This interview first appeared on Children of Peace. Click here to view the original.
In the latest of her regular series of exclusive interviews Professor Sarah Brown talks to Joan Ryan MP, Chair of Labour Friends of Israel (in the UK parliament).
Sarah Brown: Can you tell us a little about the factors which have shaped your views on Israel/Palestine, and which led to your becoming the Chair of LFI?
Joan Ryan: I travelled to Israel for the first time during my first year in parliament, in 1998. As with many of my colleagues, that trip helped me gain a greater understanding of the complex situation and the hopes and fears which exist on both sides. I have also had a long interest in the situation in Kurdistan and Cyprus – I was the Prime Minister’s Special Envoy to Cyprus under Gordon Brown. Clearly, each conflict is very different in terms of its roots, the peoples involved and the key actors, but I think my knowledge of other conflict situations helps to inform my understanding of, and views about, the conflict between Israel and Palestine.
Sarah Brown: Tell us something of your experiences when visiting Israel/Palestine. Which encounters have proved most memorable?
Joan Ryan: I’ve been to Israel and Palestine three times over the past year and I’m about to go again so there’s many experiences which come to mind. Obviously, meeting and listening to politicians, opinion-shapers and experts on both sides always helps to deepen your understanding of people’s motivations and their concerns. However, I think it’s the encounters I have had with ordinary Israelis and Palestinians which are probably the most memorable. I spoke with a woman whose town in Israel had come under attack in the 2014 war and was struck by the way she framed it: Hamas, not the Palestinian people, were the enemy and Hamas was the enemy of the Palestinian people, too.
I also went to a kibbutz and met a man who had been very badly injured in a rocket attack as he tried to shield his children. His wish for reconciliation and hatred of war and violence – all told us to under the shade of olive trees just metres from the Gaza border – was very memorable. Finally, I’ve now twice met students at MEET in Jerusalem. I never fail to be inspired by the stories of young Israeli and Palestinian people who come together to learn new technological skills but end up learning a lot more about each other, and about how much they share.
Sarah Brown: Which individuals or organisations in the region do you think are doing most to promote peace and co-existence currently?
Joan Ryan: I mentioned MEET. I wouldn’t wish to single too many others out, but the work of One Voice, the Peres Centre for Peace, the Abraham Fund and, here in the UK, the UK Taskforce (which does such great work on issues relating to the position of Israel’s Arab citizens, and has tremendous support from the British Jewish community) is all very important. In my mind, young people are key. Finding ways – through education, sport, the arts, and other activities – to bring young people together is vital, which is why the work that Children Of Peace does to support organisations committed to reconciliation and coexistence is so valuable.
It’s why I am so enthusiastic about the campaign LFI is launching this month in support of the creation of the Alliance for Middle East Progress’ International Fund for Israeli-Palestinian Peace. We want Britain to become a leading player in the creation of the fund which is modelled on the International Fund for Ireland and, like it, could potentially do so much to increase support for coexistence projects.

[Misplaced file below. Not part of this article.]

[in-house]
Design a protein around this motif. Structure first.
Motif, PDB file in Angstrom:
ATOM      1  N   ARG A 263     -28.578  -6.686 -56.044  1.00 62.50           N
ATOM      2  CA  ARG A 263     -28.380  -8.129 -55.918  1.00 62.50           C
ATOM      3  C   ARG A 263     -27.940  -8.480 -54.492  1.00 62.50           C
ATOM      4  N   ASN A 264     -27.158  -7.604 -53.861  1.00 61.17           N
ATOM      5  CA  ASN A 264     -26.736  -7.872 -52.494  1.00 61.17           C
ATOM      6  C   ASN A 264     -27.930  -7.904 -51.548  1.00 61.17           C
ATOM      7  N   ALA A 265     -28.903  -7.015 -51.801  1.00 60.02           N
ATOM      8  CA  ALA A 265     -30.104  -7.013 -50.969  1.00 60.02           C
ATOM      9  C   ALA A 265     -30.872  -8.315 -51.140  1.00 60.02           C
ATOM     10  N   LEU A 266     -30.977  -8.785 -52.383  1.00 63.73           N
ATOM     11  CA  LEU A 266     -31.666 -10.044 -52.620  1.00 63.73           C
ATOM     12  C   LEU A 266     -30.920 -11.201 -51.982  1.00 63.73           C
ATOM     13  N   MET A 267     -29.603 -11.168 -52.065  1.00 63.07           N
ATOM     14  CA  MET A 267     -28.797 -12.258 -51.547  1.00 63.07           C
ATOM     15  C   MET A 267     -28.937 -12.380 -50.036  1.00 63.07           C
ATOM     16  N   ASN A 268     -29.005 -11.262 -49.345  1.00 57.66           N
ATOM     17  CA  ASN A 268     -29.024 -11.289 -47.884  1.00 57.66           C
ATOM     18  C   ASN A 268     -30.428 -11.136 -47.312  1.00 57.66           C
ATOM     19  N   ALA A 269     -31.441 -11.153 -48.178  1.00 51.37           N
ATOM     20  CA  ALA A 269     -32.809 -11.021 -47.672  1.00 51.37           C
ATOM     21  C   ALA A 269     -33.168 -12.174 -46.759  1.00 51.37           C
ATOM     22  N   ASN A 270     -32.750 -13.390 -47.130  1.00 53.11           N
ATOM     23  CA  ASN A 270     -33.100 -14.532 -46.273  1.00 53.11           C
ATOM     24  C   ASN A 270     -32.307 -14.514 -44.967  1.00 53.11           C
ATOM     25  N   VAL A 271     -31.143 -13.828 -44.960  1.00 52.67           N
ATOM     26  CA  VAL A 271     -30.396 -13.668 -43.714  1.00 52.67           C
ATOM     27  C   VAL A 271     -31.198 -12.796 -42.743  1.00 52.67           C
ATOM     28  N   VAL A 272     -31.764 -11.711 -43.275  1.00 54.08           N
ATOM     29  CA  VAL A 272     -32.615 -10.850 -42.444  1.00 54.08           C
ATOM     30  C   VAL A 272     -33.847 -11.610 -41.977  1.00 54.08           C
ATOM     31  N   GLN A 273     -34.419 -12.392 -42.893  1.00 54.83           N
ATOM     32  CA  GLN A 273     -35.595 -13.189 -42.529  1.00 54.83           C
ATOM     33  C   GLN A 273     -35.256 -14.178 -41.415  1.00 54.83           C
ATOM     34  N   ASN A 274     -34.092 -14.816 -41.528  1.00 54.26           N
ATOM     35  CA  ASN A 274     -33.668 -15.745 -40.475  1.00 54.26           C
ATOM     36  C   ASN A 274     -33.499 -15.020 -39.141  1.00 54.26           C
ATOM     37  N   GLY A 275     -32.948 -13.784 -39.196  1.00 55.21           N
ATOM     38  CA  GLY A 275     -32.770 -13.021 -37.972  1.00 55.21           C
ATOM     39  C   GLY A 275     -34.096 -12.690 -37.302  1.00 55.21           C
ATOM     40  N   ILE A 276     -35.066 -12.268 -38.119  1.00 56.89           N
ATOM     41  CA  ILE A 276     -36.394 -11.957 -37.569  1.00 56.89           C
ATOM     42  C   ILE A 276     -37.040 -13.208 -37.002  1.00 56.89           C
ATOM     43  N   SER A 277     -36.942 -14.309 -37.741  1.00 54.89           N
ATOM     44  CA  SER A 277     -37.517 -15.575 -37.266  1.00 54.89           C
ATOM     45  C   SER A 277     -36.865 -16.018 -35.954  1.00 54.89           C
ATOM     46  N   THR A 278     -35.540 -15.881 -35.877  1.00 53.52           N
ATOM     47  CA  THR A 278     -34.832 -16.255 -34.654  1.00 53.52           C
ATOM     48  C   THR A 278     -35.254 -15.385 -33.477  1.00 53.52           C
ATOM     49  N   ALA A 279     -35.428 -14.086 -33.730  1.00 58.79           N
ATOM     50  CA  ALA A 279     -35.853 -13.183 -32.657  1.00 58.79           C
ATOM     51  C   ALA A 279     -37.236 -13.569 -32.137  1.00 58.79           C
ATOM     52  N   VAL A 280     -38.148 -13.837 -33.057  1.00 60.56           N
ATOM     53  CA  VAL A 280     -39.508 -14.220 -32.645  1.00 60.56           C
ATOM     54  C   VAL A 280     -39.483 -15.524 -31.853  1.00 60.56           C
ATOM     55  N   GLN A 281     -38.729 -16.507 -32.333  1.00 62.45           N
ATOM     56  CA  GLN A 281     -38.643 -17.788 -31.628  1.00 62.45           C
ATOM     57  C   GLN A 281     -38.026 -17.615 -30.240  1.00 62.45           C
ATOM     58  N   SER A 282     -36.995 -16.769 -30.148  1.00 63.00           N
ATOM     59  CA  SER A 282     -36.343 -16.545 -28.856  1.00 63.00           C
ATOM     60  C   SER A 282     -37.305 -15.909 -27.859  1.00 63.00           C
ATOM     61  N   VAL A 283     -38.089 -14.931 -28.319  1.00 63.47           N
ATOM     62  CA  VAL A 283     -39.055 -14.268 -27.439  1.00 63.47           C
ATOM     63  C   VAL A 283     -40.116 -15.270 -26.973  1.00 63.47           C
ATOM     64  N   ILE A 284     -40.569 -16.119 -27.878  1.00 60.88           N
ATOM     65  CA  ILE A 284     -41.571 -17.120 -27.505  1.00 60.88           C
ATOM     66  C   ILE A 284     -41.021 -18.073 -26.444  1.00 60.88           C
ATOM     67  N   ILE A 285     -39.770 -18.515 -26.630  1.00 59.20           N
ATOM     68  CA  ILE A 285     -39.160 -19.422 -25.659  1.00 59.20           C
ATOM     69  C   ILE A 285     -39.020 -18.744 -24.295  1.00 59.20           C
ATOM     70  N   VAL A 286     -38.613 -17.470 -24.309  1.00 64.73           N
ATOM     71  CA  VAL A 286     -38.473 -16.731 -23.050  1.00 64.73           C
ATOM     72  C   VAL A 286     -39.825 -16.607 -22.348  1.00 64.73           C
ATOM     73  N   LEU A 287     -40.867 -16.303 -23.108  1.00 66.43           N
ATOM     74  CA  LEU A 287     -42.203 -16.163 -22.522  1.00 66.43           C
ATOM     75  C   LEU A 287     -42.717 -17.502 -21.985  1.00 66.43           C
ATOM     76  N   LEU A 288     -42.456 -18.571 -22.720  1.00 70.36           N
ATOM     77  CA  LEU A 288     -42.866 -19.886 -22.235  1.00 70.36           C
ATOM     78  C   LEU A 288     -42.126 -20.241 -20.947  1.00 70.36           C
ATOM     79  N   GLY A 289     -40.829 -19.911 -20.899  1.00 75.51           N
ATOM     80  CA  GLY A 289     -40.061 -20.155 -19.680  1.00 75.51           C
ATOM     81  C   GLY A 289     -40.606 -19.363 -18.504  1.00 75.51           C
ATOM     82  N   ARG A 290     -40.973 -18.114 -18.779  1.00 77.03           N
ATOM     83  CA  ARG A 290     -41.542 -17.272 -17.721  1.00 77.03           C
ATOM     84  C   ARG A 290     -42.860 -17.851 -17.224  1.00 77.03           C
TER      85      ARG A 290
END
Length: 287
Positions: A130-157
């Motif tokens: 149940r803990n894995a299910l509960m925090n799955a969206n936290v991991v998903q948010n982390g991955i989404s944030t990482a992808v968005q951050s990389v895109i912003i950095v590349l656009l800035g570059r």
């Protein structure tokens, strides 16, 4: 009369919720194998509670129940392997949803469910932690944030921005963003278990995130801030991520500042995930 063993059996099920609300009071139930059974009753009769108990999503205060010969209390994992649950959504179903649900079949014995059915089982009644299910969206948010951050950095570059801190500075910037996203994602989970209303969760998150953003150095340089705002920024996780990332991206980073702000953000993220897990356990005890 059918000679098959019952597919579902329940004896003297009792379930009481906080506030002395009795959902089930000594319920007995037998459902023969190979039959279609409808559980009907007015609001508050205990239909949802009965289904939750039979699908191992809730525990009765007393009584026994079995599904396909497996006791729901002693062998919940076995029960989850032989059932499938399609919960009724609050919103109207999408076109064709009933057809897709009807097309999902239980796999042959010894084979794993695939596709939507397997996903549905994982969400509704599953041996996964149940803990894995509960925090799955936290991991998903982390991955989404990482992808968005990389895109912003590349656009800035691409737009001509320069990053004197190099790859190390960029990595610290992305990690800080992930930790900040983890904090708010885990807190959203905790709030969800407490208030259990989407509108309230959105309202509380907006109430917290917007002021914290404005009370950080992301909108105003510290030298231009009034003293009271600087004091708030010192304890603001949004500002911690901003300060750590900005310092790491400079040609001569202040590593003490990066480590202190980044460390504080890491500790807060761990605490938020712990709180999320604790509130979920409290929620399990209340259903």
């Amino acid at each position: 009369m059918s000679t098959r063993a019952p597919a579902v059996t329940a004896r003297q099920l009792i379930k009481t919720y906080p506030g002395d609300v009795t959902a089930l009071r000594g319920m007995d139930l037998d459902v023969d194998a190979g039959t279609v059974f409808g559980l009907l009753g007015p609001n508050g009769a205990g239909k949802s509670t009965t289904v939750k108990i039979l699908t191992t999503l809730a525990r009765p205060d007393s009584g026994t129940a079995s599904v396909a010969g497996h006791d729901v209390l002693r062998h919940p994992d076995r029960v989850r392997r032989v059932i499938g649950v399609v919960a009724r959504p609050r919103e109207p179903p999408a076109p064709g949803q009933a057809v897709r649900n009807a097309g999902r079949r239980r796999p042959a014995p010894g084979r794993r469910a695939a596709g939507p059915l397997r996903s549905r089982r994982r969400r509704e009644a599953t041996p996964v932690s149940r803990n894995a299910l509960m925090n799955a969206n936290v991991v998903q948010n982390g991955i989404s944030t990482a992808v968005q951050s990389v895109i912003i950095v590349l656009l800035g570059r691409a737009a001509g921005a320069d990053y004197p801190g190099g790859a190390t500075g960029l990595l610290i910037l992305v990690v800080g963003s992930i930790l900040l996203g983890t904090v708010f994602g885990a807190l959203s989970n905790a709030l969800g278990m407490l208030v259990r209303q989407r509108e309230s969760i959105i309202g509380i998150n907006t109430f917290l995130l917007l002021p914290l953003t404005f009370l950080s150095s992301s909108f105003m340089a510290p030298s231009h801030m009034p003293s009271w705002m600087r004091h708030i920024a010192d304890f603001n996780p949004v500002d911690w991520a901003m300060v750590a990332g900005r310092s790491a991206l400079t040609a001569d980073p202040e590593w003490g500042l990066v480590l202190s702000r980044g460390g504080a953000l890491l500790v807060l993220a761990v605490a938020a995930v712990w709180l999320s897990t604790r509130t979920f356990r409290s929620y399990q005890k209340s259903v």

Sarah Brown: It’s well known that this conflict is sometimes mirrored within our own communities in the UK. How can this problem best be tackled?
Joan Ryan: I think you’re right to identify the fact that societies such as our own are not free of many of the tensions which – obviously on a greater scale – scar Israel and Palestine. Again, young people are key. Anything which segregates children and young people by their background – whether it’s on the basis of their race, ethnicity, religion or, indeed, class – is, in my mind, not healthy in terms of building shared societies based on equality, respect and an understanding of the great value of diversity. On a positive note, I am immensely proud of the manner in which London’s first Muslim mayor, Sadiq Khan, has, in just a few short months in office, become our country’s leading spokesman for those values.
Sarah Brown: What are the greatest threats and opportunities facing Israel/Palestine – and what is the best way for those outside the region who hope for a peaceful and just solution to demonstrate their support?
Joan Ryan: I think the greatest danger is further polarisation and another round of the kind of spiral of violence we have witnessed in recent years in Gaza. I think, as outsiders, the more we can do to support those on both sides who seek peace and coexistence – whether they’re politicians in Jerusalem or Ramallah or people running small-scale projects in Israel or the West Bank – the better. I am absolutely opposed to measures, such as the BDS movement, which seeks to drive the two sides further apart, particularly the pernicious charges of ‘normalisation’ which seek to prevent bonds developing between Israelis and Palestinians.
I dislike too the way in which the BDS movement seeks to attack those elements of Israel which should be most celebrated. Turning its record on LGBT rights into ‘pinkwashing’ is particularly perverse. If nothing else, it dishonours the hard-fought struggle for equality waged by Israel’s LGBT community.
The Children of Peace Interview covers a range of viewpoints regarding the Israeli-Palestinian conflict, and may not necessarily reflect that of Children of Peace.